Diffuse Alveolar Hemorrhage

Brandi R. Newsome, MD; Juan E. Morales, MD


South Med J. 2011;104(4):269-274. 

In This Article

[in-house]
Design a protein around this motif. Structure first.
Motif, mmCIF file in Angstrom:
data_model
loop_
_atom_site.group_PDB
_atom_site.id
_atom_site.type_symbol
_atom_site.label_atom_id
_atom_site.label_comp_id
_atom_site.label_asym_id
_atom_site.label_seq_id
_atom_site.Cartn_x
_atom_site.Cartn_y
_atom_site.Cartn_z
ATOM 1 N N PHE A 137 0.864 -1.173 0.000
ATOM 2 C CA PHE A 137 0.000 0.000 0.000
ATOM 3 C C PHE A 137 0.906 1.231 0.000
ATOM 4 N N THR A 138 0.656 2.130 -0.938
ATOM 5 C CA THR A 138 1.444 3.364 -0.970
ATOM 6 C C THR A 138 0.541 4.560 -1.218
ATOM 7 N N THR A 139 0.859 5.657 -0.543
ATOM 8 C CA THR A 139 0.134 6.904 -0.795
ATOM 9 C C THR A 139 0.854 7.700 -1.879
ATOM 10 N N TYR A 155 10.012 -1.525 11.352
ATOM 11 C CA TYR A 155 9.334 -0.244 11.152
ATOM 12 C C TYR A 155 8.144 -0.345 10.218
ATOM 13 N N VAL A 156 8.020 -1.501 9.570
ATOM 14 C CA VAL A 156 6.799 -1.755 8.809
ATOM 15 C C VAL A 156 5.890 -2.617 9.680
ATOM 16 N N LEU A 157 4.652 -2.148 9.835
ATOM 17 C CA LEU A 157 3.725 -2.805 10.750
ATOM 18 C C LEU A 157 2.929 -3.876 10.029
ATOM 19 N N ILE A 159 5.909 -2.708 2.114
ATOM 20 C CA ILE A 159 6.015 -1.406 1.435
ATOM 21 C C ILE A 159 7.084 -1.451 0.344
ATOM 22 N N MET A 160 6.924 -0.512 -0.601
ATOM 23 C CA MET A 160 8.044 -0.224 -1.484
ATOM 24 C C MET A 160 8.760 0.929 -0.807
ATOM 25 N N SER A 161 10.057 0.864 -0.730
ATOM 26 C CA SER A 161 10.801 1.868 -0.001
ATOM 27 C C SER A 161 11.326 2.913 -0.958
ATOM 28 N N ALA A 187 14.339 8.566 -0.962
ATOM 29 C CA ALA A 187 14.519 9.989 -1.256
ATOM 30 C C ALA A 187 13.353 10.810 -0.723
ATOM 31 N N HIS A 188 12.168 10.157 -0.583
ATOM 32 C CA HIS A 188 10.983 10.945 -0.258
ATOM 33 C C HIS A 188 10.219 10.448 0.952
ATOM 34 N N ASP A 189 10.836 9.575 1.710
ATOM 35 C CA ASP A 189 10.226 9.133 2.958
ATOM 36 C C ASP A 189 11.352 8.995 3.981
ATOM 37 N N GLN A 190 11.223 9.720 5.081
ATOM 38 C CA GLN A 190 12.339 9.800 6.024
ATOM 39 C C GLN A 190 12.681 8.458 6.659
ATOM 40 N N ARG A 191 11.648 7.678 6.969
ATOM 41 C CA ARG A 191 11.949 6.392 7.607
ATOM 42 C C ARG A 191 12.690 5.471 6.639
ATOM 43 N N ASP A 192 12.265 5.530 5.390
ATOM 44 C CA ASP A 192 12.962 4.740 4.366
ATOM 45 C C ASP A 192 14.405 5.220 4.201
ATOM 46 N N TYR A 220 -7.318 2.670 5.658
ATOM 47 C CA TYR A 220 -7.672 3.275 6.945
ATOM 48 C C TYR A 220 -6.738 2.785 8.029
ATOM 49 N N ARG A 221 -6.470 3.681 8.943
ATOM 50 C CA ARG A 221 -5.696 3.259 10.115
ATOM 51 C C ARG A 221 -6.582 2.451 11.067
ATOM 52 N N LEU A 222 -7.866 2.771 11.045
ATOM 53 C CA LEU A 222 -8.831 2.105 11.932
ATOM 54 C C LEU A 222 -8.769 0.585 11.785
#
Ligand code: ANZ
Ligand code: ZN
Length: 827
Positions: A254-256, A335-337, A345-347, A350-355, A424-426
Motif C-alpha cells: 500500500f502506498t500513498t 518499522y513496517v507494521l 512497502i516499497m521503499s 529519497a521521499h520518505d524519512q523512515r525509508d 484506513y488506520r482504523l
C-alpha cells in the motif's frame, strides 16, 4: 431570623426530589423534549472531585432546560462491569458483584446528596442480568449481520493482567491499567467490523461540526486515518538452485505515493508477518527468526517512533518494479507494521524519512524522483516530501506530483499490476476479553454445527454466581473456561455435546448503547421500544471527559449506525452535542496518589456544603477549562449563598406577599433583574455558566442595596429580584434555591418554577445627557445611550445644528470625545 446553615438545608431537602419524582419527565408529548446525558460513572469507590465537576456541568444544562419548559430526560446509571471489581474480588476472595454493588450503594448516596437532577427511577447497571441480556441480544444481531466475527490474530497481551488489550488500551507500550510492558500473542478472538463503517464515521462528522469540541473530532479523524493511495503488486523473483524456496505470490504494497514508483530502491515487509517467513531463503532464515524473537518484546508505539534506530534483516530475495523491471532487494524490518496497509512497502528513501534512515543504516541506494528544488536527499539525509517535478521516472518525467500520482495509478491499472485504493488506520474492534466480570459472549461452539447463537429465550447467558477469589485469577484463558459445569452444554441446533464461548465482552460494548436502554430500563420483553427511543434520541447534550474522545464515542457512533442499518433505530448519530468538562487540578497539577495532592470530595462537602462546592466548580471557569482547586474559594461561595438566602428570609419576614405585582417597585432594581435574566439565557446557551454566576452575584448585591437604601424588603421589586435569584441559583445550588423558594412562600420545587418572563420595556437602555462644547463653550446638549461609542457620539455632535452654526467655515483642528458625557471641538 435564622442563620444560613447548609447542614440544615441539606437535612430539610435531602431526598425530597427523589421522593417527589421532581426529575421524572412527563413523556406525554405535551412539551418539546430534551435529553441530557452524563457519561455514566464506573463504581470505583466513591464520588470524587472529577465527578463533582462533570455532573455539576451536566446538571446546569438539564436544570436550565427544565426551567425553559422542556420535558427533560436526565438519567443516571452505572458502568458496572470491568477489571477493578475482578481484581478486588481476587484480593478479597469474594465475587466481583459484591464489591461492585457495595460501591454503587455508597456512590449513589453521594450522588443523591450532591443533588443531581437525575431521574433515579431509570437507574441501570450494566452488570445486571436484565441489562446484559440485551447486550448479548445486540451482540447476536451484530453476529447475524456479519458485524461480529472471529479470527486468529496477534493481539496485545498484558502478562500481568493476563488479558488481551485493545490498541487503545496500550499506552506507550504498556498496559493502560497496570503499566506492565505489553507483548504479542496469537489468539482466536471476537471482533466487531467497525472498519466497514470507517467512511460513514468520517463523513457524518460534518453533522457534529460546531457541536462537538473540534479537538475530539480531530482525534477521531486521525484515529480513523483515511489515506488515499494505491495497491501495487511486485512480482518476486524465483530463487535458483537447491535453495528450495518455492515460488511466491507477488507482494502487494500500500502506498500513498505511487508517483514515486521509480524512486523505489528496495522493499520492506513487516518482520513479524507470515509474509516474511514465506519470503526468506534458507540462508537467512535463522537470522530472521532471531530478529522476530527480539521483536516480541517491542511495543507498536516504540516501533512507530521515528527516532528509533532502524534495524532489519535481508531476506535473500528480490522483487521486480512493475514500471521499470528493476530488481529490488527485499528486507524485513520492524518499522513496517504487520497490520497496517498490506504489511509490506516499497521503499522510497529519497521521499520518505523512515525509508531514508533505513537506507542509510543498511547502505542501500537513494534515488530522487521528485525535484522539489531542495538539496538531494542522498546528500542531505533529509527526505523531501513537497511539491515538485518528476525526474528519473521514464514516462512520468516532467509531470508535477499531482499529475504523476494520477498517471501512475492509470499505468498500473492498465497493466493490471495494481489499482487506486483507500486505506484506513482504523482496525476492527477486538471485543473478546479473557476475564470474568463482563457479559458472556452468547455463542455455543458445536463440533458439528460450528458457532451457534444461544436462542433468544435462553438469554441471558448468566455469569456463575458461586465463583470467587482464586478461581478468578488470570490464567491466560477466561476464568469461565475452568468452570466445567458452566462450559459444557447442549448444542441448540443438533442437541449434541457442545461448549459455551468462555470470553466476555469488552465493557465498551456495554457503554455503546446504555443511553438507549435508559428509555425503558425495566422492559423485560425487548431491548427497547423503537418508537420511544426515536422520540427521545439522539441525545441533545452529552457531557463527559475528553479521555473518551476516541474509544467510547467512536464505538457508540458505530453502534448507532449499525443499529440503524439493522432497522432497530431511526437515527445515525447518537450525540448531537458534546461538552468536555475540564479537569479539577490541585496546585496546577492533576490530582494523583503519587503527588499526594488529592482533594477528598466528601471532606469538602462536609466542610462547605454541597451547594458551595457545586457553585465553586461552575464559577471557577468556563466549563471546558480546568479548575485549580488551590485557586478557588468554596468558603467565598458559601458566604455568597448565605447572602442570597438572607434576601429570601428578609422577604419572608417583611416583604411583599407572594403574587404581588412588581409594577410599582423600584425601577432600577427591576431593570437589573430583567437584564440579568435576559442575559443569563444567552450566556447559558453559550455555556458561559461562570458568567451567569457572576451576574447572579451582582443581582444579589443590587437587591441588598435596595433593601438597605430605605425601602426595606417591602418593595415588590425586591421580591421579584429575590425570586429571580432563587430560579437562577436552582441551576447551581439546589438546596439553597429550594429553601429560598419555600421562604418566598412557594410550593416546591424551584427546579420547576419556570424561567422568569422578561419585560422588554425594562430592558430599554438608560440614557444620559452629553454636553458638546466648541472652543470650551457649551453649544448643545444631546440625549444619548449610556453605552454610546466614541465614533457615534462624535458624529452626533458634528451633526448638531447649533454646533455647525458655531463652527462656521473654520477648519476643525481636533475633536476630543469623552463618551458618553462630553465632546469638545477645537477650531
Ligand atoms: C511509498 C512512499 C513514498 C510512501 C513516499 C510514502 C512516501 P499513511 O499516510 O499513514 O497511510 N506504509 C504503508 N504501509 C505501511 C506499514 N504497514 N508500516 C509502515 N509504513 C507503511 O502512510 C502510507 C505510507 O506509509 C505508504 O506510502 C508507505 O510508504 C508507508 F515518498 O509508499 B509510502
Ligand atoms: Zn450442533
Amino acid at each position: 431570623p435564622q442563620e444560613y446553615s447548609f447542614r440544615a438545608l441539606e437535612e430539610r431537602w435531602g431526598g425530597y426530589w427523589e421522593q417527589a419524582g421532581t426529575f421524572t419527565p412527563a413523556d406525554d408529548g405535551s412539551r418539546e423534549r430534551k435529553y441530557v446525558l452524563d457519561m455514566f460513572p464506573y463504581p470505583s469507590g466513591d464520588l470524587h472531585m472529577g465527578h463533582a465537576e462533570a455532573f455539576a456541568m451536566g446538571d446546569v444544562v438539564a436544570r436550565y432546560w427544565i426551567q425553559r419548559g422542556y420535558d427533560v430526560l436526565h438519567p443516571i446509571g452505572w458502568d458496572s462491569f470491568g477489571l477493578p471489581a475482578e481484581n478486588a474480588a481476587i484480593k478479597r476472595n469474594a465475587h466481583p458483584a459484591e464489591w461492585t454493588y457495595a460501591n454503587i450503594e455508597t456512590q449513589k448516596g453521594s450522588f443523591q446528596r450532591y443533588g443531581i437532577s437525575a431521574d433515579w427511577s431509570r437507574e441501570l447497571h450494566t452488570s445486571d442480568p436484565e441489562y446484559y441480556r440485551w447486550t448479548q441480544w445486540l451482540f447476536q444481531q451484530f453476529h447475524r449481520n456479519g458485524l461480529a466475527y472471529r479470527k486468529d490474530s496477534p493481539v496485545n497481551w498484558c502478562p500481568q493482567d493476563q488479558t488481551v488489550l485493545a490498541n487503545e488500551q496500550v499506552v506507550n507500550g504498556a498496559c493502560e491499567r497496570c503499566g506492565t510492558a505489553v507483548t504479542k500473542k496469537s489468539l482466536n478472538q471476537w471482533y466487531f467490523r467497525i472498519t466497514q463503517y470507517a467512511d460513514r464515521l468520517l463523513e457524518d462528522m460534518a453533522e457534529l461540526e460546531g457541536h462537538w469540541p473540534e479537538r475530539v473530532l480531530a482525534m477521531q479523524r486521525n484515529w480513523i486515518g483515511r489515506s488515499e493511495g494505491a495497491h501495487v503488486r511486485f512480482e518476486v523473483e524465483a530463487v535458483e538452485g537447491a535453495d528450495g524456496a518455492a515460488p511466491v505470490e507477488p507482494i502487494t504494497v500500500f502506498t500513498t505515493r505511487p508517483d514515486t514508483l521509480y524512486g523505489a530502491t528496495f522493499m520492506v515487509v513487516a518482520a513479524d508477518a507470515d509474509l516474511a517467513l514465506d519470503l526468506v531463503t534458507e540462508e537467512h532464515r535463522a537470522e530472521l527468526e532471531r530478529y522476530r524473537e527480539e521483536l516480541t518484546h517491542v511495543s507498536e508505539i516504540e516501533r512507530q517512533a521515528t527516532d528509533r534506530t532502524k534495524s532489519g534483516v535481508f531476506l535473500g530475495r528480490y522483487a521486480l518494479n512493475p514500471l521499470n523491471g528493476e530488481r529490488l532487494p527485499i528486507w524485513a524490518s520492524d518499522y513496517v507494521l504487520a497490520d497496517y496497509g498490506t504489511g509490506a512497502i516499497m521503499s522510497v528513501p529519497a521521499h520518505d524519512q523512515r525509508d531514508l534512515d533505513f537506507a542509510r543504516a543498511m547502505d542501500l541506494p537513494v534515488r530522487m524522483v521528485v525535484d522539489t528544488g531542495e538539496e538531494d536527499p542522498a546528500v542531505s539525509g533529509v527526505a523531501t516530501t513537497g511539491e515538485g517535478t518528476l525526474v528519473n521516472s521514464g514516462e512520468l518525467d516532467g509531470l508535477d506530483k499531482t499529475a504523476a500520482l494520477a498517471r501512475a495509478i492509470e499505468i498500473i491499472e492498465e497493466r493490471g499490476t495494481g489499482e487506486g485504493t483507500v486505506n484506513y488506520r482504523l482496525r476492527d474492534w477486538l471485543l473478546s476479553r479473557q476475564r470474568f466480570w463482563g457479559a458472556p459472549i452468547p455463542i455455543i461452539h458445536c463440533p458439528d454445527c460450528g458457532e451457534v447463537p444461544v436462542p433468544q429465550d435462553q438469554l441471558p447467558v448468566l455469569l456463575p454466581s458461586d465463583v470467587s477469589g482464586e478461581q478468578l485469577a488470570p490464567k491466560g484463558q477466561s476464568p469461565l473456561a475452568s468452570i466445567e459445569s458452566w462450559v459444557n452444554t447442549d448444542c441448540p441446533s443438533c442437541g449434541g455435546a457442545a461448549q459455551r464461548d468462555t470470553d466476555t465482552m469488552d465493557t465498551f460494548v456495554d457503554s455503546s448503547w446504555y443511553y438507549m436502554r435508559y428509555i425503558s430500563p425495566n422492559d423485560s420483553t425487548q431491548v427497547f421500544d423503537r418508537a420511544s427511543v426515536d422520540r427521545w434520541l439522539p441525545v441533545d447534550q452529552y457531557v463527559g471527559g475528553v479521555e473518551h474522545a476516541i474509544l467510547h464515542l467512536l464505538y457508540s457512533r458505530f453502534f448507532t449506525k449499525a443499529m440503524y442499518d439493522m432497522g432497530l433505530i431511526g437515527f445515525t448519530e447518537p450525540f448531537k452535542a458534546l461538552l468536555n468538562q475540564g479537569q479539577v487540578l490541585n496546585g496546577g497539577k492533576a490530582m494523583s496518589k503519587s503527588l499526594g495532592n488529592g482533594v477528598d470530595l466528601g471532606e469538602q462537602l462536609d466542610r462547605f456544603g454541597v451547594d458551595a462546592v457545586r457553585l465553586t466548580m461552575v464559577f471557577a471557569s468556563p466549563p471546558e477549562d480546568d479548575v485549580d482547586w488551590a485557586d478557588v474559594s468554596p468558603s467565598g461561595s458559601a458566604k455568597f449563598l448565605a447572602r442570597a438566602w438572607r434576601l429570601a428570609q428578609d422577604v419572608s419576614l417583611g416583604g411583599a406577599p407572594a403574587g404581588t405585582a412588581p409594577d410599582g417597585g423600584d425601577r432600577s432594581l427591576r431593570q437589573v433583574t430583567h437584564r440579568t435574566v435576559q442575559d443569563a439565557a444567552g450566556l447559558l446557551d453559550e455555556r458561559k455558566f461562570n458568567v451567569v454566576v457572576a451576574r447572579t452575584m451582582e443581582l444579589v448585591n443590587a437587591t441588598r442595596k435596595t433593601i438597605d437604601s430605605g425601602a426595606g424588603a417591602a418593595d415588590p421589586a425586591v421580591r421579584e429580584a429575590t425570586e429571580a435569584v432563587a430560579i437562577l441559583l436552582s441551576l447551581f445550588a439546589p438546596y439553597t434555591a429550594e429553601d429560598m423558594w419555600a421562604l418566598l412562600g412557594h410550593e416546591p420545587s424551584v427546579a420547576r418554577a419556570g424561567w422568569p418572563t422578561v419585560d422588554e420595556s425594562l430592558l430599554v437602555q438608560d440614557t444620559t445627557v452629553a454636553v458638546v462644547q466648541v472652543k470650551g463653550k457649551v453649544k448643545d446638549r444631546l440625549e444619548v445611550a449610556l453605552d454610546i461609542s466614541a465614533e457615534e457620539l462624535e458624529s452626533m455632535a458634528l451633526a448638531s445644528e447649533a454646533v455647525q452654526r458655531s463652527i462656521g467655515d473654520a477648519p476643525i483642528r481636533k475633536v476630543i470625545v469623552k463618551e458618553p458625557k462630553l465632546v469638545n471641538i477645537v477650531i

The treatment of DAH depends on the underlying cause of hemorrhage. Corticosteroids are a mainstay of therapy in most cases. However, the majority of the cases of drug-induced DAH and those related to exposures can be treated with withdrawal of the toxin alone. There is growing literature supporting the use of activated recombinant factor VII (rFVIIa) to stop active pulmonary hemorrhage. Heslet el al reported six cases of DAH in which intrapulmonary (50 ug/kg) rFVIIa was used with good success. All six patients had improvement in oxygenation and no side affects or thrombotic complications were noted.[8] Prior to this series, only intravenous rFVIIa had been attempted for DAH. Estella et al demonstrated similar efficacy and lack of side affects with intrapulmonary use in two cases in 2008.[9] The limiting factors in its use include the prohibitive cost (approx $1 per microgram, lack of FDA approval for DAH specifically and the theoretical risk of thrombotic complications. Transexamic acid (TXA) is an inexpensive, synthetic anti-fibrinolytic agent that has been useful in controlling bleeding from oral and cardiac surgery.[10,11] Researchers successfully used both aerosolized and intrapulmonary injections of transexamic acid to control six cases of DAH of different etiologies.[12] Several sources cite increased risk of post-operative seizures in patient who received TXA. A large study of patients given TXA during cardiac surgery found TXA had higher rates of seizures, need for transfusions and mortality compared to aprotenin, which has been taken off the market.


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